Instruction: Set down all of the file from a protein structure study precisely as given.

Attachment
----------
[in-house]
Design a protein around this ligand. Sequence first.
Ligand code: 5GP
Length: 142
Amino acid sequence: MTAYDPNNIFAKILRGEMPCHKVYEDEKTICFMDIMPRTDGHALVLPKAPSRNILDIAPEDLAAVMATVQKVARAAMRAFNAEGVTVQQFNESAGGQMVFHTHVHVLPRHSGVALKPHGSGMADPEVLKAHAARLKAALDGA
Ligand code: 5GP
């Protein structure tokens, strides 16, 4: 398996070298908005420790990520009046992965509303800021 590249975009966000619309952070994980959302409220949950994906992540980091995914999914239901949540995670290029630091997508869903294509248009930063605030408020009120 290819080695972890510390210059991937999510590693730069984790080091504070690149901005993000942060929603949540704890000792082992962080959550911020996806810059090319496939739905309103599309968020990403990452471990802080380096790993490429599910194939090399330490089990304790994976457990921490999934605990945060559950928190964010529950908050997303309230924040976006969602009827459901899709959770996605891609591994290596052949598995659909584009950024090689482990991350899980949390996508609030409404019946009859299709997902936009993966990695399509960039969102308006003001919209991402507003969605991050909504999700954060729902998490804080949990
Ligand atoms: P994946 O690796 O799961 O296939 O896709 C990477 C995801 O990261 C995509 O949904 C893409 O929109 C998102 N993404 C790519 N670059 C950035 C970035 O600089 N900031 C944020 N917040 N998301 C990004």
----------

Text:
[in-house]
Design a protein around this ligand. Sequence first.
Ligand code: 5GP
Length: 142
Amino acid sequence: MTAYDPNNIFAKILRGEMPCHKVYEDEKTICFMDIMPRTDGHALVLPKAPSRNILDIAPEDLAAVMATVQKVARAAMRAFNAEGVTVQQFNESAGGQMVFHTHVHVLPRHSGVALKPHGSGMADPEVLKAHAARLKAALDGA
Ligand code: 5GP
């Protein structure tokens, strides 16, 4: 398996070298908005420790990520009046992965509303800021 590249975009966000619309952070994980959302409220949950994906992540980091995914999914239901949540995670290029630091997508869903294509248009930063605030408020009120 290819080695972890510390210059991937999510590693730069984790080091504070690149901005993000942060929603949540704890000792082992962080959550911020996806810059090319496939739905309103599309968020990403990452471990802080380096790993490429599910194939090399330490089990304790994976457990921490999934605990945060559950928190964010529950908050997303309230924040976006969602009827459901899709959770996605891609591994290596052949598995659909584009950024090689482990991350899980949390996508609030409404019946009859299709997902936009993966990695399509960039969102308006003001919209991402507003969605991050909504999700954060729902998490804080949990
Ligand atoms: P994946 O690796 O799961 O296939 O896709 C990477 C995801 O990261 C995509 O949904 C893409 O929109 C998102 N993404 C790519 N670059 C950035 C970035 O600089 N900031 C944020 N917040 N998301 C990004």